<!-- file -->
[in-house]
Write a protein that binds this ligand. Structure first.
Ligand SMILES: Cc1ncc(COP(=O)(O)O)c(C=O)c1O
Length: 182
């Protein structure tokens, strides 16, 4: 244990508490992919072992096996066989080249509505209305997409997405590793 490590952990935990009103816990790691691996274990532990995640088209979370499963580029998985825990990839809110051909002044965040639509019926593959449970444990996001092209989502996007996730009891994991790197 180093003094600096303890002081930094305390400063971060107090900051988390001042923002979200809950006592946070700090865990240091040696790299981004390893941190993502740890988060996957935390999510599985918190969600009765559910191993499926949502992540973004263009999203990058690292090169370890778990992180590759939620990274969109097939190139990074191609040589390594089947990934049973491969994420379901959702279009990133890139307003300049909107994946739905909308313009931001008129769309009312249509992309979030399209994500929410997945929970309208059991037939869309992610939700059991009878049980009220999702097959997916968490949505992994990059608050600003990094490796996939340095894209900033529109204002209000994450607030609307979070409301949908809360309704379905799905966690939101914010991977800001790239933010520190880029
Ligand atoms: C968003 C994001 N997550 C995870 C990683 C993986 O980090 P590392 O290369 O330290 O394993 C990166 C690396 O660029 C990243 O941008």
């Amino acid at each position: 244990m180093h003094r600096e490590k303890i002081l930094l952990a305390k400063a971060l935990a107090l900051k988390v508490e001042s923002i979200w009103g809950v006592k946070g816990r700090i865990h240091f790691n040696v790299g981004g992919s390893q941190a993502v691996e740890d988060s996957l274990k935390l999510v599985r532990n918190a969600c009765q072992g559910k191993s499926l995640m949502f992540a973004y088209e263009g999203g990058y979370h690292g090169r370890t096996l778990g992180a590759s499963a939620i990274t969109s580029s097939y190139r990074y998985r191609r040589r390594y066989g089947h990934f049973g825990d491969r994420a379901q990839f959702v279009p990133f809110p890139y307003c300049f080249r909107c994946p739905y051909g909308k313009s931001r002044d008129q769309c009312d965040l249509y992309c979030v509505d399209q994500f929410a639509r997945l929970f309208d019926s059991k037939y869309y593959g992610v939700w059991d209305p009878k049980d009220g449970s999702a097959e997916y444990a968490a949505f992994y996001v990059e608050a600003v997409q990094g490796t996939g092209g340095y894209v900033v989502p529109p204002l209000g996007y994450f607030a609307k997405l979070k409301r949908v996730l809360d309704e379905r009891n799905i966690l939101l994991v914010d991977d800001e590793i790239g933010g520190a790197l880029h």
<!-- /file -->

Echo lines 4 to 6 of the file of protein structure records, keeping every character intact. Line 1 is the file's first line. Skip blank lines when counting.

Length: 182
């Protein structure tokens, strides 16, 4: 244990508490992919072992096996066989080249509505209305997409997405590793 490590952990935990009103816990790691691996274990532990995640088209979370499963580029998985825990990839809110051909002044965040639509019926593959449970444990996001092209989502996007996730009891994991790197 180093003094600096303890002081930094305390400063971060107090900051988390001042923002979200809950006592946070700090865990240091040696790299981004390893941190993502740890988060996957935390999510599985918190969600009765559910191993499926949502992540973004263009999203990058690292090169370890778990992180590759939620990274969109097939190139990074191609040589390594089947990934049973491969994420379901959702279009990133890139307003300049909107994946739905909308313009931001008129769309009312249509992309979030399209994500929410997945929970309208059991037939869309992610939700059991009878049980009220999702097959997916968490949505992994990059608050600003990094490796996939340095894209900033529109204002209000994450607030609307979070409301949908809360309704379905799905966690939101914010991977800001790239933010520190880029
Ligand atoms: C968003 C994001 N997550 C995870 C990683 C993986 O980090 P590392 O290369 O330290 O394993 C990166 C690396 O660029 C990243 O941008």